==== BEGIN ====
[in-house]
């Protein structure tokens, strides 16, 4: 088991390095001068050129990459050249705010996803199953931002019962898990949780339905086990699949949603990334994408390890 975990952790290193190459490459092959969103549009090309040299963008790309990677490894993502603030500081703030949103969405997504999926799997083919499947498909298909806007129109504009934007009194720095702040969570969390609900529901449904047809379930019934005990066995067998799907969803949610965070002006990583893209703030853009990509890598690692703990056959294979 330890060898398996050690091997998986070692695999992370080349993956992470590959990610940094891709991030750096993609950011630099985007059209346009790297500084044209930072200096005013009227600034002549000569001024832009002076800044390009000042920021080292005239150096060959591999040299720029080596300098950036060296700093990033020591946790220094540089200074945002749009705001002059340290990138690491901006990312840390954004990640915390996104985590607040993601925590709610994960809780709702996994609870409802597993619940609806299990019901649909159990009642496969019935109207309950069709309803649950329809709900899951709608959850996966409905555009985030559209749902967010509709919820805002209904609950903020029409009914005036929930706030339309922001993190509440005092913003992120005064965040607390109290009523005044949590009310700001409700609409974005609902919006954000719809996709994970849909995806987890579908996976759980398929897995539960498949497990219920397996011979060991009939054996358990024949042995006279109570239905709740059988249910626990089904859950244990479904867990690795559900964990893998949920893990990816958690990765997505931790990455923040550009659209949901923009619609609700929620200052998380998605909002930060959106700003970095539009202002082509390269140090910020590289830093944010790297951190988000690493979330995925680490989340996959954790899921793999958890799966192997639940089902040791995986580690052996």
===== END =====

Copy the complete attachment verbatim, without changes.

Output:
[in-house]
């Protein structure tokens, strides 16, 4: 088991390095001068050129990459050249705010996803199953931002019962898990949780339905086990699949949603990334994408390890 975990952790290193190459490459092959969103549009090309040299963008790309990677490894993502603030500081703030949103969405997504999926799997083919499947498909298909806007129109504009934007009194720095702040969570969390609900529901449904047809379930019934005990066995067998799907969803949610965070002006990583893209703030853009990509890598690692703990056959294979 330890060898398996050690091997998986070692695999992370080349993956992470590959990610940094891709991030750096993609950011630099985007059209346009790297500084044209930072200096005013009227600034002549000569001024832009002076800044390009000042920021080292005239150096060959591999040299720029080596300098950036060296700093990033020591946790220094540089200074945002749009705001002059340290990138690491901006990312840390954004990640915390996104985590607040993601925590709610994960809780709702996994609870409802597993619940609806299990019901649909159990009642496969019935109207309950069709309803649950329809709900899951709608959850996966409905555009985030559209749902967010509709919820805002209904609950903020029409009914005036929930706030339309922001993190509440005092913003992120005064965040607390109290009523005044949590009310700001409700609409974005609902919006954000719809996709994970849909995806987890579908996976759980398929897995539960498949497990219920397996011979060991009939054996358990024949042995006279109570239905709740059988249910626990089904859950244990479904867990690795559900964990893998949920893990990816958690990765997505931790990455923040550009659209949901923009619609609700929620200052998380998605909002930060959106700003970095539009202002082509390269140090910020590289830093944010790297951190988000690493979330995925680490989340996959954790899921793999958890799966192997639940089902040791995986580690052996």